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Love Pride and Prejudice contains one of the most cherished love stories in English literature: the courtship

between Darcy and Elizabeth. As in any good love story, the lovers must elude and overcome numerous stumbling blocks, beginning with the tensions caused by the lovers own personal ualities. Elizabeths pride makes her mis!udge Darcy on the basis of a poor first impression, while Darcys pre!udice against Elizabeths poor social standing blinds him, for a time, to her many virtues. "#f course, one could also say that Elizabeth is guilty of pre!udice and Darcy of pride$the title cuts both ways.% Austen, meanwhile, poses countless smaller obstacles to the realization of the love between Elizabeth and Darcy, including &ady 'atherines attempt to control her nephew, (iss )ingleys snobbery, (rs. )ennets idiocy, and *ickhams deceit. +n each case, an,ieties about social connections, or the desire for better social connections, interfere with the workings of love. Darcy and Elizabeths realization of a mutual and tender love seems to imply that Austen views love as something independent of these social forces, as something that can be captured if only an individual is able to escape the warping effects of hierarchical society. Austen does sound some more realist "or, one could say, cynical% notes about love, using the character of 'harlotte &ucas, who marries the buffoon (r. 'ollins for his money, to demonstrate that the heart does not always dictate marriage. -et with her central characters, Austen suggests that true love is a force separate from society and one that can con uer even the most difficult of circumstances.

Reputation Pride and Prejudice depicts a society in which a womans reputation is of the utmost importance. A woman is e,pected to behave in certain ways. .tepping outside the social norms makes her vulnerable to ostracism. /his theme appears in the novel, when Elizabeth walks to 0etherfield and arrives with muddy skirts, to the shock of the reputation1conscious (iss )ingley and her friends. At other points, the ill1mannered, ridiculous behavior of (rs. )ennet gives her a bad reputation with the more refined "and snobbish% Darcys and )ingleys. Austen pokes gentle fun at the snobs in these e,amples, but later in the novel, when &ydia elopes with *ickham and lives with him out of wedlock, the author treats reputation as a very serious matter. )y becoming *ickhams lover without benefit of marriage, &ydia clearly places herself outside the social pale, and her disgrace threatens the entire )ennet family. /he fact that &ydias !udgment, however terrible, would likely have condemned the other )ennet sisters to marriageless lives seems grossly unfair. *hy should Elizabeths reputation suffer along with &ydias2 Darcys intervention on the )ennets behalf thus becomes all the more generous, but some readers might resent that such an intervention was necessary at all. +f Darcys money had failed to convince *ickham to marry &ydia, would Darcy have still married Elizabeth2 Does his transcendence of pre!udice e,tend that far2 /he happy ending of Pride and Prejudice is certainly emotionally satisfying, but in many ways it leaves the theme of reputation, and the importance placed on reputation, une,plored. #ne can ask of Pride and Prejudice, to what e,tent does it criti ue social structures, and to what e,tent does it simply accept their inevitability2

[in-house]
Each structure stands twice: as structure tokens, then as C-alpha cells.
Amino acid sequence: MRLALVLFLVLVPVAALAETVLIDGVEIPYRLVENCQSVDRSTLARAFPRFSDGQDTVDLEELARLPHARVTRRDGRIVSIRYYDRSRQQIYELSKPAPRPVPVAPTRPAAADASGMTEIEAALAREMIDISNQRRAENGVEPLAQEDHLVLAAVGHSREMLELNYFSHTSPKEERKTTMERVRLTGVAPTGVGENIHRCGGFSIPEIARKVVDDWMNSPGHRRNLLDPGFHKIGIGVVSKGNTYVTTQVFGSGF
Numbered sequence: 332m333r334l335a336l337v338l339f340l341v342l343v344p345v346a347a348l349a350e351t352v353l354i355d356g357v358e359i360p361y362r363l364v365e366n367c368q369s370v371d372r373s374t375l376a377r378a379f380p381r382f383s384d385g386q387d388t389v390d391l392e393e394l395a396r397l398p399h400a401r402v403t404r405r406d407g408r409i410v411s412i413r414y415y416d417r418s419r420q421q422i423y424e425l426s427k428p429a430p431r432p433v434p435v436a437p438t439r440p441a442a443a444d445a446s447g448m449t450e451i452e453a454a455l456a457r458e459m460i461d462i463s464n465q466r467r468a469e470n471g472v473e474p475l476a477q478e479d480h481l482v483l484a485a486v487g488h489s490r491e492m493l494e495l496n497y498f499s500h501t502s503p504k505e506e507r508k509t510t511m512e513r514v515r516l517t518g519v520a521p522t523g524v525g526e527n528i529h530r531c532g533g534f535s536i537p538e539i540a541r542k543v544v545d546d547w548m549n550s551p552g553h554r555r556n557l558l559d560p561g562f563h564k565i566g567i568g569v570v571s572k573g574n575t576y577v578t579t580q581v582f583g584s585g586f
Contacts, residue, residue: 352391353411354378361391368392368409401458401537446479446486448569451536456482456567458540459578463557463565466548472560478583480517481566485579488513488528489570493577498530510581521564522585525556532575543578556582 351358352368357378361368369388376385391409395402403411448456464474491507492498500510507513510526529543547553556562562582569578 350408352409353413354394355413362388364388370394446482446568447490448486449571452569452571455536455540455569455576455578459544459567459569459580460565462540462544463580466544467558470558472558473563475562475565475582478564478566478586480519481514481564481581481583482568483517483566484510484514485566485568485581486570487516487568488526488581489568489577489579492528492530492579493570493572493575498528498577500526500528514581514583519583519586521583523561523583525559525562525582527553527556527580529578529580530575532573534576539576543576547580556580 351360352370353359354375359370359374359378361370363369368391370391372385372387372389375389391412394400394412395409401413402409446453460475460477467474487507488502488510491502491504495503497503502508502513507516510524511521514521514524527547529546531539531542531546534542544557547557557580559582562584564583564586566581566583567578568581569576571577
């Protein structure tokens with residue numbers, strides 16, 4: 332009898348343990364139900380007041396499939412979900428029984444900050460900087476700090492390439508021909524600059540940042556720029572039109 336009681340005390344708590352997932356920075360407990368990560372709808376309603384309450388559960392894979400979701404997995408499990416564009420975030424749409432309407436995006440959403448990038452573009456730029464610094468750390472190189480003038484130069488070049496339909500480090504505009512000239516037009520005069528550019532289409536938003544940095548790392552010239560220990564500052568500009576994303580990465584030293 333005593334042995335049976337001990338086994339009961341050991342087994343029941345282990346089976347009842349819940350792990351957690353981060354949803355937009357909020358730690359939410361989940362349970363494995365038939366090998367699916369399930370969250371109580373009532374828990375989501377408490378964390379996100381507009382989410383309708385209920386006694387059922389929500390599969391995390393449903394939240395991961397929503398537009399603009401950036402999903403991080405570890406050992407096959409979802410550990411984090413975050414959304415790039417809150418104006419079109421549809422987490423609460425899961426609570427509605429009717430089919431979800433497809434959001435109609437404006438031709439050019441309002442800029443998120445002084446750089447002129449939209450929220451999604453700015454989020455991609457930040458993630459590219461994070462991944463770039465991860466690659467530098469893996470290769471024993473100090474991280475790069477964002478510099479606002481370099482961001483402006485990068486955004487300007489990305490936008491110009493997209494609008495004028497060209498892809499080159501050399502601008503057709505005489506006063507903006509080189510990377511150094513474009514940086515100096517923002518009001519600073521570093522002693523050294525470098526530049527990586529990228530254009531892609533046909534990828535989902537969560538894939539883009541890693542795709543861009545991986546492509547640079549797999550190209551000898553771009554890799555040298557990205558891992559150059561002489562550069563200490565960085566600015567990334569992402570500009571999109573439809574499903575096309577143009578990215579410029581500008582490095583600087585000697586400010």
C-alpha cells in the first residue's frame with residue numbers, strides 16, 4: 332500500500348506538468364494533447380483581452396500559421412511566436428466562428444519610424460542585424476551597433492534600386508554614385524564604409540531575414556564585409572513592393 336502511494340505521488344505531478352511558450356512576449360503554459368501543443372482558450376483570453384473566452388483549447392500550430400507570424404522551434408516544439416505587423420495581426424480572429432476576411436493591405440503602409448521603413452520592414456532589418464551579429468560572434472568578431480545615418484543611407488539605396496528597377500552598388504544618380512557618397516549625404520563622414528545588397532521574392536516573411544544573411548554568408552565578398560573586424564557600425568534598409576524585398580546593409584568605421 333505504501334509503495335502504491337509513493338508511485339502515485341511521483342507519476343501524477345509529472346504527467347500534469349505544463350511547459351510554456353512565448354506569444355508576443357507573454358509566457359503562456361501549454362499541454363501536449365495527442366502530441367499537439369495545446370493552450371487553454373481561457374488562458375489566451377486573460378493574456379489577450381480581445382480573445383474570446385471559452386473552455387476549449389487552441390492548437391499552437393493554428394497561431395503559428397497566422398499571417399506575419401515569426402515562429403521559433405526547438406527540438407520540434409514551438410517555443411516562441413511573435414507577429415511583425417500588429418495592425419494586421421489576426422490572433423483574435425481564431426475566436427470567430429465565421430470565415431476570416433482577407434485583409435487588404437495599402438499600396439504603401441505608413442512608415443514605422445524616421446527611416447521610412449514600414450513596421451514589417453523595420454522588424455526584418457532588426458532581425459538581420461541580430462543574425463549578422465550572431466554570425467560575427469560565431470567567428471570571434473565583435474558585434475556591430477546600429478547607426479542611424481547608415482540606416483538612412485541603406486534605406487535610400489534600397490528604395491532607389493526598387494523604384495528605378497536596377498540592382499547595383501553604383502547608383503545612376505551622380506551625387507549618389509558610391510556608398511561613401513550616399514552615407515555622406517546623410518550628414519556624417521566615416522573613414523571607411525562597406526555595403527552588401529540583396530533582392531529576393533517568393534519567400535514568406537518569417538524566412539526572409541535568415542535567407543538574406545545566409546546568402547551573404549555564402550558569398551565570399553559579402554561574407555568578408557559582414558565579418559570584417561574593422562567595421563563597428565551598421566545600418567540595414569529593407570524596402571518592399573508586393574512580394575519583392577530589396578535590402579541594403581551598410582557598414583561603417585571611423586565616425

Class /he theme of class is related to reputation, in that both reflect the strictly regimented nature of life for the middle and upper classes in 3egency England. /he lines of class are strictly drawn. *hile the )ennets, who are middle class, may socialize with the upper1class )ingleys and Darcys, they are clearly their social inferiors and are treated as such. Austen satirizes this kind of class1consciousness, particularly in the character of (r. 'ollins, who spends most of his time toadying to his upper1class patron, &ady 'atherine de )ourgh. /hough (r. 'ollins offers an e,treme e,ample, he is not the only one to hold such

views. 4is conception of the importance of class is shared, among others, by (r. Darcy, who believes in the dignity of his lineage5 (iss )ingley, who dislikes anyone not as socially accepted as she is5 and *ickham, who will do anything he can to get enough money to raise himself into a higher station. (r. 'ollinss views are merely the most e,treme and obvious. /he satire directed at (r. 'ollins is therefore also more subtly directed at the entire social hierarchy and the conception of all those within it at its correctness, in complete disregard of other, more worthy virtues. /hrough the Darcy1Elizabeth and )ingley16ane marriages, Austen shows the power of love and happiness to overcome class boundaries and pre!udices, thereby implying that such pre!udices are hollow, unfeeling, and unproductive. #f course, this whole discussion of class must be made with the understanding that Austen herself is often criticized as being a classist: she doesnt really represent anyone from the lower classes5 those servants she does portray are generally happy with their lot. Austen does criticize class structure but only a limited slice of that structure.